events:
http://www.techdirt.com/articles/20101229/00034712442/guy-faces-five-years-prison-reading-wifes-email.shtml
More Info: http://www.cybertelecom.org/security/crime.htm

65% of internet users have paid for online content, Pew
65% of internet users have paid to access or download some kind of
digital content. Music and software are the most common kinds of
content purchased.
http://www.pewinternet.org/Reports/2010/Paying-for-Content.aspx
More Info: http://www.cybertelecom.org/media/video.htm

When Sending A Bogus TM C&D, Don't Send It To A Lawyer Who Understands
TM Law, Techdirt
Eric Goldman alerts us to a somewhat bizarre cease & desist letter
sent to a law firm, Cobalt Law, which specializes in IP law. At issue
was the fact that in a recent blog post on Cobalt's news blog, which
analyzed a recent case, it used the logo of one of the companies
involved in the case. That company, Career Step, whose logo I'll post
here because it's what we're discussing, apparently had its own
lawyer, one Erik Olson from the law firm Durham, Jones & Pinegar, send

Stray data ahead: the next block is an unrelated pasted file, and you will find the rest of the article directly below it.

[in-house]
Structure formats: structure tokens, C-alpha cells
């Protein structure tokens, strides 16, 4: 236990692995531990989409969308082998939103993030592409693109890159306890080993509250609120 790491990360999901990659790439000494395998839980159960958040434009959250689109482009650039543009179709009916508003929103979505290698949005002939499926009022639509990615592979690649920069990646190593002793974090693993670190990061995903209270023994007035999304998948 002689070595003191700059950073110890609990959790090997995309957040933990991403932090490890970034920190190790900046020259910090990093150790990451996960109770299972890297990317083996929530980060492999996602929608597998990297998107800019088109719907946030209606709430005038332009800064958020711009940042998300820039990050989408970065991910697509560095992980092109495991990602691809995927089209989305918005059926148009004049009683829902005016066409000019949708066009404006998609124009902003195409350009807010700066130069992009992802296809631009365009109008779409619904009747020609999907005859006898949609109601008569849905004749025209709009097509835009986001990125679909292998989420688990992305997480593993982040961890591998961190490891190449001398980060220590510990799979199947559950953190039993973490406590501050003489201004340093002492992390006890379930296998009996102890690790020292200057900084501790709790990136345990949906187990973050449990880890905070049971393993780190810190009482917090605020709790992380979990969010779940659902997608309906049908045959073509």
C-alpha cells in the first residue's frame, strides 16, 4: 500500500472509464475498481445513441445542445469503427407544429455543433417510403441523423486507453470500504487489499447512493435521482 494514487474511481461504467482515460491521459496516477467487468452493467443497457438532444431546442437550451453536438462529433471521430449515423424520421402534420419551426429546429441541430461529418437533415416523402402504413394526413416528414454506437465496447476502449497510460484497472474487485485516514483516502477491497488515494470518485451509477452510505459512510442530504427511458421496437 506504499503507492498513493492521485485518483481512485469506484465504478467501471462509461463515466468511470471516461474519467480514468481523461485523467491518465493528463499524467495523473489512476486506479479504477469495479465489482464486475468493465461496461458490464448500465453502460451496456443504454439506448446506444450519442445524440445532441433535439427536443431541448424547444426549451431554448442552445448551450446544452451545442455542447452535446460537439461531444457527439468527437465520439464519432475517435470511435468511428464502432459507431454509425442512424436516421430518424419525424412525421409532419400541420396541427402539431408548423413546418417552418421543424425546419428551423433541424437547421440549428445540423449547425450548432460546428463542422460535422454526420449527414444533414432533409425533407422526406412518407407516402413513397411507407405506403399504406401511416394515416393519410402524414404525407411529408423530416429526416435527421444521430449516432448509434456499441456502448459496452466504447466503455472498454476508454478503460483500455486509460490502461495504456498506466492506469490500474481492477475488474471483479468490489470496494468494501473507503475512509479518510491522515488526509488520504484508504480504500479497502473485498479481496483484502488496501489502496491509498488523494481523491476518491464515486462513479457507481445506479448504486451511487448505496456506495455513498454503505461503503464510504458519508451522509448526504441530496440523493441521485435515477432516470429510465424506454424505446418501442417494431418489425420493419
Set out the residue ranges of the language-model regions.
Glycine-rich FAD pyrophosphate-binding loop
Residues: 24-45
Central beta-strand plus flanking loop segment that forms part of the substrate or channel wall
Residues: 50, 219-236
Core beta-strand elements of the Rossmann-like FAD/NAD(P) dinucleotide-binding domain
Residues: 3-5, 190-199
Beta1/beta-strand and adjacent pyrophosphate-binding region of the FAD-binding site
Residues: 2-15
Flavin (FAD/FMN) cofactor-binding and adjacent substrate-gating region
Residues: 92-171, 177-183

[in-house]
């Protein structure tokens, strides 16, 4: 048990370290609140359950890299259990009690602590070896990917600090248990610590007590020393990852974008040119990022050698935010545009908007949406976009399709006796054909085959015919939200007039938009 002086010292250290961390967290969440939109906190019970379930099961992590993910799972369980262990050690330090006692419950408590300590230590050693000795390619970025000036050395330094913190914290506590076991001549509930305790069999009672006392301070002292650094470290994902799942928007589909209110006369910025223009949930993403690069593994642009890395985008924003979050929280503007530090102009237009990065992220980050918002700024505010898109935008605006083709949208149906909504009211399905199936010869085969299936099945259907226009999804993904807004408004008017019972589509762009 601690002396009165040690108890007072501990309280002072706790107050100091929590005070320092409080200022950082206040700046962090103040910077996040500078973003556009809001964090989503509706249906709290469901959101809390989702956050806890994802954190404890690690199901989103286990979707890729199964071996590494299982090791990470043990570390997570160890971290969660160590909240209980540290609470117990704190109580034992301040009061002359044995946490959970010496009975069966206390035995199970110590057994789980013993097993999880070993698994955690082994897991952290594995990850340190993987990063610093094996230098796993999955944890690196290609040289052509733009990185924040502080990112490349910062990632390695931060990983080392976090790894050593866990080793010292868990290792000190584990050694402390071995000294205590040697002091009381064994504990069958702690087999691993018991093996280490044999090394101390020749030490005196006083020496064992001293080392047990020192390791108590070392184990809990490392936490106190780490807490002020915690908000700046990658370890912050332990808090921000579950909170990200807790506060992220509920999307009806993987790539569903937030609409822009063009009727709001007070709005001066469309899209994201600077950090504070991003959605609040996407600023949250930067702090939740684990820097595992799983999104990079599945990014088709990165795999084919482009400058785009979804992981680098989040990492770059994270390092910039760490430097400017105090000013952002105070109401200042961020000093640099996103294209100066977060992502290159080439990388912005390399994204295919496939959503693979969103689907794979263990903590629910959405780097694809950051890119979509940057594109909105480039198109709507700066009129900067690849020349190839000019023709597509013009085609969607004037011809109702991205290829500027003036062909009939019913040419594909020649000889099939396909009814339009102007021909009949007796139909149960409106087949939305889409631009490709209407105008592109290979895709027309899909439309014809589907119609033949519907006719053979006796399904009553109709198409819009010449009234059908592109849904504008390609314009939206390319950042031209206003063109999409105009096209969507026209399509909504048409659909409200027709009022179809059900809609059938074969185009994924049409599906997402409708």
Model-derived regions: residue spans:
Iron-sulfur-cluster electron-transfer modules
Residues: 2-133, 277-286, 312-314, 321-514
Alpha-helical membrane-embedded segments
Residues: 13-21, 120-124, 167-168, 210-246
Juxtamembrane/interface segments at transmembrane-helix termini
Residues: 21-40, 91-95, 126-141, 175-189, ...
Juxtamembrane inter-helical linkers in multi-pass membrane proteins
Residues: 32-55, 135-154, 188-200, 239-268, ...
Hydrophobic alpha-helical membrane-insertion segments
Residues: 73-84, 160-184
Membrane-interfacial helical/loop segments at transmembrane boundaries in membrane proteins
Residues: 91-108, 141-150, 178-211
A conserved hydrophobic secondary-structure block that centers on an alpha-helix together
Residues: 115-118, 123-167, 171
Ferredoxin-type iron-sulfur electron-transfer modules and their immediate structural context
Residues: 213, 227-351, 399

the cease and desist, claiming that this was trademark infringement
http://www.techdirt.com/articles/20101229/03133712447/when-sending-bogus-tm-cd-dont-send-it-to-lawyer-who-understand-tm-law.shtml
More Info: http://www.cybertelecom.org/dns/trademark.htm

Chairman Genachowski and his Howling Commissioners: Reading the Net
Neutrality Order (Part I), Tech Lib Front
At the last possible moment before the Christmas holiday, the FCC
published its Report and Order on "Preserving the Open Internet,"
capping off years of largely content-free "debate" on the subject of
whether or not the agency needed to step in to save the Internet.
http://feedproxy.google.com/~r/techliberation/~3/_eJZcsw_XeM/
More Info: http://www.cybertelecom.org/ci/neutralnprm.htm

Flailing with IPv6, Potaroo
Is IPv6 a robust as IPv4? What proportion of IPv6 connections "fail"?
And what causes such connection failures? These questions were raised
in a discussion at RIPE 61 in November 2010. The general conclusion
appeared to be that using auto-tunnelling techniques to patch up an